BET(H)-HARAM (or Haran ) (Heb. בֵּית הָרָם, הָרָן), town in the Jordan Valley, N. of the Dead Sea, allotted by Moses to the tribe of Gad and included in the list of its cities (Num. 32:36; Josh. 13:27). It is possibly mentioned in the Egyptian Execration Texts of the 18th century b.c.e. In the Talmud, Beth-Haram is identified with Bet ha-Ramta (tj, Shev. 9:2, 38d; cf. Shab. 26a) which is also mentioned by Eusebius (Onom. 48:14) as Betharamphtha. *Herod Antipas, who fortified the city, called it Livias, in honor of the empress Livia, and also Julias, as soon as Livia became a member of the Julian imperial family. In 56 c.e. *Agrippa ii received Livias and its district from the emperor Nero (Jos., Wars, 2:59, 168, 252; Jos., Ant., 18:27; 20:159). Beth-Haram was the headquarters of a region as late as the Byzantine period. Springs and groves are reported to have existed in its vicinity. The Hellenistic and Roman cities are situated on Tell al-Rāma, in the lower Jordan Valley, which has preserved the ancient name; the Israelite city has been located by Nelson Glueck at Tell Iktanū nearby.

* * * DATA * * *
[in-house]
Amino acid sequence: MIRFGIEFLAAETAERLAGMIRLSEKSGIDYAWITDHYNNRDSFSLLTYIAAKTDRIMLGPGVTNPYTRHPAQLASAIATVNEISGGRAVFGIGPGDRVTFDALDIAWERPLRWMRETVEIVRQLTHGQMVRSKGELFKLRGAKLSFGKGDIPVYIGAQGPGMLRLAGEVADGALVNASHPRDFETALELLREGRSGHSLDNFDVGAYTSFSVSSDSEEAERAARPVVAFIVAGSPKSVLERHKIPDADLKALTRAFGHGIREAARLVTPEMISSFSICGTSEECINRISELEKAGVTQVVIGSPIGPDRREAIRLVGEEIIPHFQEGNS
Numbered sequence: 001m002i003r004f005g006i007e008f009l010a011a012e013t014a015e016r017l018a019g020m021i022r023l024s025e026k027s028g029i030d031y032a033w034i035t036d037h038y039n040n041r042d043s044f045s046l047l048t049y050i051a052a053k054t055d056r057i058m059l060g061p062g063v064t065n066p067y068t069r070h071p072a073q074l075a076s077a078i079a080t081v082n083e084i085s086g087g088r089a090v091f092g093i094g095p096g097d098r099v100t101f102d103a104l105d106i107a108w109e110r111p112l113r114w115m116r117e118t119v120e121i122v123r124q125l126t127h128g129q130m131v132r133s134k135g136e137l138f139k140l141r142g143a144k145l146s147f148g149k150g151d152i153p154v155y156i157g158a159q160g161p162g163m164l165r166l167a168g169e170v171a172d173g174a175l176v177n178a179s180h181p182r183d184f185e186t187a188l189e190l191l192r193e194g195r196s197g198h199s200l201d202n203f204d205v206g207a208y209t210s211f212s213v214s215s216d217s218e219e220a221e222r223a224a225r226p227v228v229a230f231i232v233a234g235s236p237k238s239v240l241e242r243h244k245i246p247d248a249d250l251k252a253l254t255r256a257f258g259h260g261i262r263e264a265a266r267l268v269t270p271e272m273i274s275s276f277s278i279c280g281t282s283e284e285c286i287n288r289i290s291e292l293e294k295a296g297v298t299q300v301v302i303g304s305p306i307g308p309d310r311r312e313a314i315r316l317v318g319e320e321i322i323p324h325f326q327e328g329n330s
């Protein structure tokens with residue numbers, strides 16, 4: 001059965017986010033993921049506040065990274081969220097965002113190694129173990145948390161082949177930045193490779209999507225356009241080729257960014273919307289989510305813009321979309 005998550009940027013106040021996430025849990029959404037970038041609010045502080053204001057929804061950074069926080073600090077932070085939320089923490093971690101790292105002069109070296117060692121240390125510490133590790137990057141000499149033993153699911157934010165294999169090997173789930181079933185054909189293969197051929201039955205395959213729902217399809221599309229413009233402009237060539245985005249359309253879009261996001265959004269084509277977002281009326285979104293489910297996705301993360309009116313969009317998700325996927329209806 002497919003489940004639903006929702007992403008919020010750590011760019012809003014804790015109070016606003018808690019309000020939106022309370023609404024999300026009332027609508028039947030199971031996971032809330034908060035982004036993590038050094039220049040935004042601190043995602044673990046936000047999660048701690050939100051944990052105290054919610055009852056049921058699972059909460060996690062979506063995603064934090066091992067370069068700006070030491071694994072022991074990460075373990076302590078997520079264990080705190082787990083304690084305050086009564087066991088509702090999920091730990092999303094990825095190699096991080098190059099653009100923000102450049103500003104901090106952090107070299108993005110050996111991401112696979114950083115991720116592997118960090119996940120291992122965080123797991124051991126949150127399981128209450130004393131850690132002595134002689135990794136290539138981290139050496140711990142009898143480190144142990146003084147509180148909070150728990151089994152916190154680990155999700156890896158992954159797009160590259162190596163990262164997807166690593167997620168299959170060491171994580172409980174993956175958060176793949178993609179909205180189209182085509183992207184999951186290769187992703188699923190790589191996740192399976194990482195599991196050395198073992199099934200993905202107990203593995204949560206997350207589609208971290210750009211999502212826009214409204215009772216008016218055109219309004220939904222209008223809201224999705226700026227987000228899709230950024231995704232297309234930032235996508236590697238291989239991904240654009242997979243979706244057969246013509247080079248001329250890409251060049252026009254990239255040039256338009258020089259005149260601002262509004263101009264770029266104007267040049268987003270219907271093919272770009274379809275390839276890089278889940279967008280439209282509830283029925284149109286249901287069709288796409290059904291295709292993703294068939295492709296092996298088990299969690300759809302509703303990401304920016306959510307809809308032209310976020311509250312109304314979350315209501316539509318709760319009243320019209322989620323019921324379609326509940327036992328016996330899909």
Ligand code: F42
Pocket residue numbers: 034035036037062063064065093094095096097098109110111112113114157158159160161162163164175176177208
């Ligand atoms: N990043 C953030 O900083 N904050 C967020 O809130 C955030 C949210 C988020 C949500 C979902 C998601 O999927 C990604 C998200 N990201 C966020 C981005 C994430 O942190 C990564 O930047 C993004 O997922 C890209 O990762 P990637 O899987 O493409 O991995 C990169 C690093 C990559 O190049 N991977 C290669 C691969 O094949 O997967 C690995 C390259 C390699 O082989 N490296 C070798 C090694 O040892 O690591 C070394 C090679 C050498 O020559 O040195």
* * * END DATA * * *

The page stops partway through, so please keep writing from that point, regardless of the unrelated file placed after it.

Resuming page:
em, s.v.; Glueck, in: aasor, 25–28 (1951), 389–95; Press, Ereẓ, 1 (1951), 82; Aharoni, Land, index.